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721. Robert Southey to Charles Watkin Williams Wynn, 30 September [1802] ⁠* 

I found the drawing [1]  on my return from Glamorganshire. it is excellent – & I was disappointed at finding that it was to be sent back again. the The Τςηυς ζςωμςικοcδαμη, [2]  seems in want of M. Garnerins [3]  parachute.

The Cid [4]  goes by this days post according to your direction. I am in treaty for a very small xxxx house in Cwm Neath – eight miles from Neath – in a lovely vale among the mountains. almost the sweetest spot I have ever seen. my next shall be more about it & of the South Wallians. I have now to notice half a table full of letters that have collected during my absence.

The vignette shall xx xxxx have the Ballad annexed. so one day should I like to affix the vignette to the Ballad. but I cannot write black letter. else how pretty a pyramid would it be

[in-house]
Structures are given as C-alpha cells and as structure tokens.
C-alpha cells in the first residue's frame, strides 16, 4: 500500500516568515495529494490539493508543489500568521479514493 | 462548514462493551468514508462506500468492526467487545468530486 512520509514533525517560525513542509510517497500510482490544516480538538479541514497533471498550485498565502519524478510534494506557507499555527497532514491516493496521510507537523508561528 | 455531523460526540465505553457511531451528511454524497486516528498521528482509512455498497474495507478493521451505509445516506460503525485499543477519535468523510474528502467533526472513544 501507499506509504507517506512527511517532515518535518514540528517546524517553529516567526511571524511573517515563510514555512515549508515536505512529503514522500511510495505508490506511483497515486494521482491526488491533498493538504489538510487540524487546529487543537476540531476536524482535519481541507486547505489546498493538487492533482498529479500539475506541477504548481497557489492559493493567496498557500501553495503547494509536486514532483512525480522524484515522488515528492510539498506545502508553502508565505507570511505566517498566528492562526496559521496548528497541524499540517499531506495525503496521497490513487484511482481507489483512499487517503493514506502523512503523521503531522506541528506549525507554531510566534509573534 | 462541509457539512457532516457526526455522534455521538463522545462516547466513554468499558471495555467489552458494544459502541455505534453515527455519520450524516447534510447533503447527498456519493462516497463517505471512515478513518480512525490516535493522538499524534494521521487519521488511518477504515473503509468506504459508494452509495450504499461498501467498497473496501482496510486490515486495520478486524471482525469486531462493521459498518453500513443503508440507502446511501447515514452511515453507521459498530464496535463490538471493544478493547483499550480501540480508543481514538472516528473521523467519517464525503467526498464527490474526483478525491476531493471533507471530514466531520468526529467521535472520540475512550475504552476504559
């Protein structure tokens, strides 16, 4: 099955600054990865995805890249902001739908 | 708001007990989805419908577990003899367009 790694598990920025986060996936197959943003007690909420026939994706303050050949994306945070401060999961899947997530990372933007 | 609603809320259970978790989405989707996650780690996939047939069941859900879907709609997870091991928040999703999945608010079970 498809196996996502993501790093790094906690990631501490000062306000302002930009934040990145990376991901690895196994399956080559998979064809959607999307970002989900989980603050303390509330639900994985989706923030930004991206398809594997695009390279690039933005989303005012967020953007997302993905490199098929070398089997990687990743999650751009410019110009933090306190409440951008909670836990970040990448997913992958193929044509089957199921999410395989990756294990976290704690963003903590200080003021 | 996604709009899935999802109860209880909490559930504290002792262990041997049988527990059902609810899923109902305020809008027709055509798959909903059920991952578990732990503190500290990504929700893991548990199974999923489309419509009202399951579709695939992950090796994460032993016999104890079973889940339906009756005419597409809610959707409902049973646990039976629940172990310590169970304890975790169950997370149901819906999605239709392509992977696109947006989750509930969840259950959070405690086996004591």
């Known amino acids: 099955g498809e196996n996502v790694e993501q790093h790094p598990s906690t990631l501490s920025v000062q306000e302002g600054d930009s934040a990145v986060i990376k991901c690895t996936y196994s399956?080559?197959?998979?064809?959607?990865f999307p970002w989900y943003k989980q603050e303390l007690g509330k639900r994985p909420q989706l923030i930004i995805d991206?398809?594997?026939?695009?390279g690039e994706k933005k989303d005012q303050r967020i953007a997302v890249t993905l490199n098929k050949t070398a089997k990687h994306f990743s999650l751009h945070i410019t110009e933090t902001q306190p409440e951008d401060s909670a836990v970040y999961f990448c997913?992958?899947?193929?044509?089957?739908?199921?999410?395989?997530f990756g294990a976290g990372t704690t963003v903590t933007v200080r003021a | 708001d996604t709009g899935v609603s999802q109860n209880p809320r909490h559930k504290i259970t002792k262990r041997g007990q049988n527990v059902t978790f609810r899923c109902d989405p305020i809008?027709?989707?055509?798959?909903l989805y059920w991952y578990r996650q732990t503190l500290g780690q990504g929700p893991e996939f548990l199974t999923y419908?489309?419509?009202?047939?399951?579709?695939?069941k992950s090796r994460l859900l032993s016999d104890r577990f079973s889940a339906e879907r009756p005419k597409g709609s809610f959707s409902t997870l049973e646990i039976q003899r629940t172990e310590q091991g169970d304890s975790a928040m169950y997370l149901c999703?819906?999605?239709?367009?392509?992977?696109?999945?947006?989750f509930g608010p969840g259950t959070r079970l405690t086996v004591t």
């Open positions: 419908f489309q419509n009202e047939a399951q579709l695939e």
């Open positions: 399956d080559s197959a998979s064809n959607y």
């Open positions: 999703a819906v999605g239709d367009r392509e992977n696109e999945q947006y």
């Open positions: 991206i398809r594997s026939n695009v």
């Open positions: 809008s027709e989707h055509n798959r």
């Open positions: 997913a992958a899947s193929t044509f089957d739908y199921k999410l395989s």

A

true

Ballad

Of a Pope [5] 

God bless you

RS.


Thursday 30 Sept.

Notes

* Address: To/ C W Williams Wynn Esqr M.P./ Wynnstay/ Wrexham
Postmark: [partial] 122/ BRISTOL
Endorsement: Sept 30/ 1802
MS: National Library of Wales, MS 4811D
Unpublished. BACK

[1] Probably the sketch by one of Wynn’s sisters, Charlotte (d. 1819), Henrietta (d. 1854), and Frances (d. 1857), mentioned in Southey’s letter to Charles Watkin Williams Wynn of 19 October 1802, see Letter 729. BACK

[2] The Greek is unclear; it can be roughly translated as ‘Trays broomstick oh damn me’. BACK

[3] André-Jacques Garnerin (1769-1823), inventor of the frameless parachute. He carried out his first jump with a silk parachute on 22 October 1797 in Paris. In 1802 he toured England and made a balloon ascent from Lord’s Cricket Ground on 5 July. BACK

[4] Southey was transcribing material relating to Rodrigo Diaz de Bivar (c. 1040-1099), a Castilian aristocrat and military commander, whose exploits were the subject of numerous poems and tales. Southey’s English translation and compilation of three of these was published in 1808 as The Chronicle of the Cid. BACK

[5] ‘A True Ballad of a Pope’, Morning Post, 4 February 1803. BACK

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August 2011